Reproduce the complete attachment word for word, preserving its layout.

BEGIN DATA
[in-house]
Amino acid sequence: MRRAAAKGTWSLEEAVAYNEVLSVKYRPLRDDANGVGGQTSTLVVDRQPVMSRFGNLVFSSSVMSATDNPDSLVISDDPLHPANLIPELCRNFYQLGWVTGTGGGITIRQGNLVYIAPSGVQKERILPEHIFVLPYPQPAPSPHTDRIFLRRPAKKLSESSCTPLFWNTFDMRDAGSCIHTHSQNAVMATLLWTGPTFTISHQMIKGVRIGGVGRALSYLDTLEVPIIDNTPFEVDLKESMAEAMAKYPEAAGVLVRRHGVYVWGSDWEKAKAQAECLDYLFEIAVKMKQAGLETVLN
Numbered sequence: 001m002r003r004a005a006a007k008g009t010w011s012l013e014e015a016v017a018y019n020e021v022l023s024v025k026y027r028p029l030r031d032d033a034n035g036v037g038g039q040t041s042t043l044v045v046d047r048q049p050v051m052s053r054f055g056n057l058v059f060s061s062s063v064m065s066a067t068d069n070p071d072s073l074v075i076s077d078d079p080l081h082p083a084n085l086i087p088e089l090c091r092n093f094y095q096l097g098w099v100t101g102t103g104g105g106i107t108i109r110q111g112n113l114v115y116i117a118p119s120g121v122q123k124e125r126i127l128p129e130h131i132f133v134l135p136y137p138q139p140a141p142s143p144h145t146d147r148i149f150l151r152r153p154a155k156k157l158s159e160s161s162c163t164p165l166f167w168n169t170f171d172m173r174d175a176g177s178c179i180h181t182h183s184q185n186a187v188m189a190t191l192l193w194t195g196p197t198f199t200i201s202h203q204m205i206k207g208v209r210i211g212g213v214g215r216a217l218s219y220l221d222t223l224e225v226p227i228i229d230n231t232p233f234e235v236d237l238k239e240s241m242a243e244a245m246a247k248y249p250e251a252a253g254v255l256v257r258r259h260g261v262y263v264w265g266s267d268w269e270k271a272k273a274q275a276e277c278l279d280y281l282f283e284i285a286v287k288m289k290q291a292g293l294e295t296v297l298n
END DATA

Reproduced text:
[in-house]
Amino acid sequence: MRRAAAKGTWSLEEAVAYNEVLSVKYRPLRDDANGVGGQTSTLVVDRQPVMSRFGNLVFSSSVMSATDNPDSLVISDDPLHPANLIPELCRNFYQLGWVTGTGGGITIRQGNLVYIAPSGVQKERILPEHIFVLPYPQPAPSPHTDRIFLRRPAKKLSESSCTPLFWNTFDMRDAGSCIHTHSQNAVMATLLWTGPTFTISHQMIKGVRIGGVGRALSYLDTLEVPIIDNTPFEVDLKESMAEAMAKYPEAAGVLVRRHGVYVWGSDWEKAKAQAECLDYLFEIAVKMKQAGLETVLN
Numbered sequence: 001m002r003r004a005a006a007k008g009t010w011s012l013e014e015a016v017a018y019n020e021v022l023s024v025k026y027r028p029l030r031d032d033a034n035g036v037g038g039q040t041s042t043l044v045v046d047r048q049p050v051m052s053r054f055g056n057l058v059f060s061s062s063v064m065s066a067t068d069n070p071d072s073l074v075i076s077d078d079p080l081h082p083a084n085l086i087p088e089l090c091r092n093f094y095q096l097g098w099v100t101g102t103g104g105g106i107t108i109r110q111g112n113l114v115y116i117a118p119s120g121v122q123k124e125r126i127l128p129e130h131i132f133v134l135p136y137p138q139p140a141p142s143p144h145t146d147r148i149f150l151r152r153p154a155k156k157l158s159e160s161s162c163t164p165l166f167w168n169t170f171d172m173r174d175a176g177s178c179i180h181t182h183s184q185n186a187v188m189a190t191l192l193w194t195g196p197t198f199t200i201s202h203q204m205i206k207g208v209r210i211g212g213v214g215r216a217l218s219y220l221d222t223l224e225v226p227i228i229d230n231t232p233f234e235v236d237l238k239e240s241m242a243e244a245m246a247k248y249p250e251a252a253g254v255l256v257r258r259h260g261v262y263v264w265g266s267d268w269e270k271a272k273a274q275a276e277c278l279d280y281l282f283e284i285a286v287k288m289k290q291a292g293l294e295t296v297l298n